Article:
The Englishwoman in Egypt: Letters from Cairo: Written During a Residence There in 1842, 3, and 4, [and 1845-46], with E.W. Lane, Esq. ...

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C. Knight, 1844 - Egypt
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Contents

I
xi
II
27
III
45
IV
65
V
78
VI
90
VII
105
VIII
114
XVI
217
XVII
XVIII
19
XIX
38
XX
50
XXI
65
XXII
79
XXIII
78

IX
122
X
138
XI
154
XII
164
XIII
180
XIV
197
XV
204
XXIV
91
XXV
114
XXVI
133
XXVII
146
XXVIII
155
XXIX
160

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Page 174 - Zion, to give unto them beauty for ashes, the oil of joy for mourning, and the garment of praise for the spirit of heaviness; that they might be called trees of righteousness, the planting of the Lord, that he might be glorified.
Page 212 - Say, I pray thee, thou art my sister: that it may be well with me for thy sake; and my soul shall live because of thee.
Page 174 - OH ! weep for those that wept by Babel's stream, Whose shrines are desolate, whose land a dream : Weep for the harp of Judah's broken shell ; Mourn — where their God hath dwelt the godless dwell!
Page 178 - Small ones of iron are worn by many children. It was also a common custom among the Arabs for girls or young women to wear a string of bells on their feet. I have seen many little girls in Cairo with small round bells attached to their anklets. Perhaps it is to the sound of ornaments of this kind, rather than of the more common anklet, that Isaiah alludes
Page 82 - Consider ye, and call for the mourning women, that they may come ; and send for cunning women that they may come : and let them make haste, and take up a wailing for us, that our eyes may run down with tears, and our eyelids gush out with waters.
Page 175 - His dress baffled all description. The ground of his robes was white ; but he was so covered with jewels of an extraordinary size, and their splendour, from his being seated where the rays of the sun played upon them, was so dazzling, that it was impossible to distinguish the minute parts which combined to give such amazing brilliancy to his whole figure."t NOTE 92.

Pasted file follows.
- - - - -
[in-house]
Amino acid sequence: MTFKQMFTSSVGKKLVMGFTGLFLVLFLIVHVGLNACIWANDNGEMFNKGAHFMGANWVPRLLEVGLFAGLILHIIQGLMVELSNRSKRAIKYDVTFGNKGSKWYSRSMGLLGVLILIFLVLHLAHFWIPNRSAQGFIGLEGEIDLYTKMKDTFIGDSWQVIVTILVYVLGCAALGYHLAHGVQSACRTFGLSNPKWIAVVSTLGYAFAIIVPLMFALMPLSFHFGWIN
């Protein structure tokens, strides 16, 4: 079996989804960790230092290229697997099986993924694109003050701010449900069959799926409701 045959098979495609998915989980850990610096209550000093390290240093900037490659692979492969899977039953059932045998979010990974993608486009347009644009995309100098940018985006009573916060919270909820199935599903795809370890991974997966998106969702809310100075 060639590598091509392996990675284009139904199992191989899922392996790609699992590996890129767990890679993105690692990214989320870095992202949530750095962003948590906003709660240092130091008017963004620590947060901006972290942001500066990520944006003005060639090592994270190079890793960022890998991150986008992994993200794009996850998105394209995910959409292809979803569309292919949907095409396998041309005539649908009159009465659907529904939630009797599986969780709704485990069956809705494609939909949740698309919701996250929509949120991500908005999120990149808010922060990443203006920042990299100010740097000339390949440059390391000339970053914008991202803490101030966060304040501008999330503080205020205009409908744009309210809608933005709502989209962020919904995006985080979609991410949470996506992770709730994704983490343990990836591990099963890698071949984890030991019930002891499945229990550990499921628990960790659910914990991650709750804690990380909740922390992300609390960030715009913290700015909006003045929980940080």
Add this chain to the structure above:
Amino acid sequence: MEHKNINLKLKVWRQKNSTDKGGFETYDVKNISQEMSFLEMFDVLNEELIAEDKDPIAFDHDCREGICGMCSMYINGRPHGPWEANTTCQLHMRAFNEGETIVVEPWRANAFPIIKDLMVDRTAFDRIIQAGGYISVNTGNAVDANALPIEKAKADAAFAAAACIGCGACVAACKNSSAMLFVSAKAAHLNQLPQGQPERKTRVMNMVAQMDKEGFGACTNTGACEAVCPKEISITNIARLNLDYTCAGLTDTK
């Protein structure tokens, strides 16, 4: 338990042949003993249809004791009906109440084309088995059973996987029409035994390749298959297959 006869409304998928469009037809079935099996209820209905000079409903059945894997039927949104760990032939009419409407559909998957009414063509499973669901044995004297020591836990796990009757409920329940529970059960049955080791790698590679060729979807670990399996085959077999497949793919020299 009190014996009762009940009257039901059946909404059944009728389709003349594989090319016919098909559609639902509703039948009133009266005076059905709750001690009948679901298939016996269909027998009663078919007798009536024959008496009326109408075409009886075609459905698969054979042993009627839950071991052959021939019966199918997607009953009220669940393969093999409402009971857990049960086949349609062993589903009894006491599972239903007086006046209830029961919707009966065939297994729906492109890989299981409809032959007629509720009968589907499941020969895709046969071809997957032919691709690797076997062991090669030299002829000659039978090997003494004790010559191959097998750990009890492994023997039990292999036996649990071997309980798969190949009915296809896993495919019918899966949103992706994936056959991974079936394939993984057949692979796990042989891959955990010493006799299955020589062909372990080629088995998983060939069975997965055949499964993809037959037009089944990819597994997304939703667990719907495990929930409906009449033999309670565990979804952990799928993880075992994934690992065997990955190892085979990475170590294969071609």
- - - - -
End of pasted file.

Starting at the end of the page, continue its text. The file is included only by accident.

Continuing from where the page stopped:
Page 157 - He now addressed himself to me ; and asked me if I wished the boy to see any person who was absent or dead. I named Lord Nelson ; of whom the boy had evidently never heard ; for it was with much difficulty that he pronounced the name, after several trials. The magician desired the boy to say to the Soolta'n — " My master salutes thee, and desires thee to bring Lord Nelson: bring him before my eyes, that I may see him, speedily.
Page 195 - Pasha is almost absolute ; but he has certainly effected a great reform, by the introduction of European military and naval tactics, the results of which have already been considerable, and will be yet more extensive, and, in most respects, desirable. Already it has removed a great portion of that weight of prejudice which has so long...
Page 154 - In the centre, he poured a little ink, and desired the boy to look into it, and tell him if he could see his face reflected in it. The boy replied that he saw his face clearly. The magician, holding the boy's hand all the while...
Page 174 - ), of solid gold or silver, and of the form here sketched, are worn by some ladies ; but are more uncommon than they formerly were. They are of course very heavy, and, knocking together as the wearer walks, make a ringing noise : hence it is said in a song, " The ringing of thine anklets has deprived me of my reason.

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